The talking point of this year's Computex was wearables. It seemed like everyone either wanted them, is armed with plans to produce them in the future, or had them available as wrist-mounted objects.
Above is the Acer Liquid Leap, which has the same functionality of many wearables at the moment: Email alerts, physical activity tracking, and music controls.
If you were looking for the next stage in wearables, maybe a smart shirt or cloud-enabled onesie, then I can only suggest you postpone your hope until next year.
As with most items at Computex, there is always the "cheaper alternative" from China.
This wearable, which claims to tracking activity and sleep patterns, had a screen and responsiveness that could only be described as difficult.
A gentleman on the booth told ZDNet that the issues with the screen was something that was being ironed out — it clearly hasn't stopped them trying to flog version 1 to conference goers.
What a holographic display that uses a 3D camera for input control? Then Intel's RealSense camera could be just the ticket.
Despite several unsuccessful attempts to capture a 3D image on a 2D image-producing camera, the best we can offer is to inform you that it does work, has a very narrow viewing angle which would make it great for preventing others from snooping on what is open on your screen, and using the interface can make you look silly.
It's probably not going to feature the desktop of 2024, but it is an eye-catching prototype/toy implementation.
Disclosure: Chris Duckett travelled to Computex as a guest of Intel.
Packing a 2560x1440 display, and the new Core M chip, Asus' Transformer Book Chi is toted as the future in mobile computing.
Thinner than an iPad Air and containing more grunt, the Chi is one of the better 2-in-1 laptops available.
Despite the charge into mobile computing, it's nice to be able to see some proper old-school systems. This beauty contains four MSI R9 290X Lightning cards, and a completely bonkers cooling tower that reminds you why PC-based performance seeking can still be fun.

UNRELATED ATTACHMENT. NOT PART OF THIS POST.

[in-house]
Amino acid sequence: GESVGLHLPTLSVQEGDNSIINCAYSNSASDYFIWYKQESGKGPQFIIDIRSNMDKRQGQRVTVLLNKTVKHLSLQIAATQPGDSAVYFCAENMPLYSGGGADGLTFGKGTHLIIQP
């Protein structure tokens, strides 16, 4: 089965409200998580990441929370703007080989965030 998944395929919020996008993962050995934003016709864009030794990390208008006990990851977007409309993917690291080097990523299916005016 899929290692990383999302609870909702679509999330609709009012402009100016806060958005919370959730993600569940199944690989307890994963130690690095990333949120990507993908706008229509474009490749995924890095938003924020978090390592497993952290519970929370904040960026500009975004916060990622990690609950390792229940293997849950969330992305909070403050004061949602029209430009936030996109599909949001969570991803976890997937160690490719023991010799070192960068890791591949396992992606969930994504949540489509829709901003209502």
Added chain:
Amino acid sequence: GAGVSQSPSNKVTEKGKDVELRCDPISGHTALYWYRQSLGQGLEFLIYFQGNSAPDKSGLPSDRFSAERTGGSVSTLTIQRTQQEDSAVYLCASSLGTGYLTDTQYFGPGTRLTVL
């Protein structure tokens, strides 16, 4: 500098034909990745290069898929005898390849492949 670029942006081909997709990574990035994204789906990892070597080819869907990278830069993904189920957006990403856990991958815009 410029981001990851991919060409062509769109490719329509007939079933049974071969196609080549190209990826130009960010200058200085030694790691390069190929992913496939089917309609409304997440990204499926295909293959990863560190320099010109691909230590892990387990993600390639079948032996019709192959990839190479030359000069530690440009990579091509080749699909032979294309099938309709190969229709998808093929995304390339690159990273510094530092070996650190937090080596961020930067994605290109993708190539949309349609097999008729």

Nothing reminds one quicker of where all the processing is conducted in bitcoin mining than looking at this system.
Despite packing four graphics cards, the central processing unit is a relatively puny Intel Core i3.
Computing in a hazardous area, or one that has a tendency to fill with water? Then it's nice to know that even in those situations, that certain systems can carry on regardless. It also looks like it could appeal to the scuba-diving executives that demand to be servicing their email at all times.
Even amongst all the consumer-focussed hardware found throughout Computex, there are certain enterprise products that look the same many, many years after they were first introduced.
Many booths were armed with 3D printers, no doubt for sale, but also to produce items to lure in punters.
This absolutely tiny TV tuner, dubbed the Pad TV Tuner, plugs into an Android device's mini-USB port and claims to support live rewinding, program guides, channel searching capabilities.
If an Android-powered Apple TV look-a-like is more your thing, this system containing a quad-core chip with 1GB RAM, and using Android KitKat could service your needs.
Importantly for VPN-using "pirates" in countries such as Australia, VPN support was the second-highest feature noted, and supports UHD and H.265 playback.